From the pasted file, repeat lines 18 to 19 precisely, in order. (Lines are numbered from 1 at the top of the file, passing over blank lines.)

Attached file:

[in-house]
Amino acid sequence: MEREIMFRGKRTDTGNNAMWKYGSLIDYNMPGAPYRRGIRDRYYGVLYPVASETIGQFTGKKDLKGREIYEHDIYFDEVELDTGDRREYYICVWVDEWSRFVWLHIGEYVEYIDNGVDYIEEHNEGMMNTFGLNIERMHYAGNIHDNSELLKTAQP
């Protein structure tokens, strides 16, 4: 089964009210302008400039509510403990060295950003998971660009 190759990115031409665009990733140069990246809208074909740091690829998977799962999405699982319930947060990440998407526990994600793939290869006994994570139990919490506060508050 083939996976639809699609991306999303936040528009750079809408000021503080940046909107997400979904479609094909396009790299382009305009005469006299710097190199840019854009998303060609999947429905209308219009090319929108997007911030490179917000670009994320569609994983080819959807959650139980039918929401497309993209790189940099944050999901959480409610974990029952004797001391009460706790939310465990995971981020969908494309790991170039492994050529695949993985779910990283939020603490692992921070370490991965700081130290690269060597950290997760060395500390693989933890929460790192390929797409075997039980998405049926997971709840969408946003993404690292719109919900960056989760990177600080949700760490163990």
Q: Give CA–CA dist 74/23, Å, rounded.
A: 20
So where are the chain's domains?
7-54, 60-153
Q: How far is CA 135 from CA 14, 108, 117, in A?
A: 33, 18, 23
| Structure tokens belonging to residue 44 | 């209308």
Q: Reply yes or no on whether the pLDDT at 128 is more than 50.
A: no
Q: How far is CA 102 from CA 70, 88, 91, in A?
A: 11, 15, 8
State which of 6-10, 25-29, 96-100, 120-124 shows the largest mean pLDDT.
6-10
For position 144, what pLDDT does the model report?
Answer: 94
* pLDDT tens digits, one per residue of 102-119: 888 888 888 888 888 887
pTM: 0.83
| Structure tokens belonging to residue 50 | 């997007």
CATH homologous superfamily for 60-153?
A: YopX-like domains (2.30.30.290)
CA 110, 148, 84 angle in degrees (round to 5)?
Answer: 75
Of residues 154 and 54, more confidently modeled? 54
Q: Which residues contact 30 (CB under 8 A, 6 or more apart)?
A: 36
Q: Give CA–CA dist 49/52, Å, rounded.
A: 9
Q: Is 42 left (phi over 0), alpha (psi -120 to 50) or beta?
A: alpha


Answer: 94
* pLDDT tens digits, one per residue of 102-119: 888 888 888 888 888 887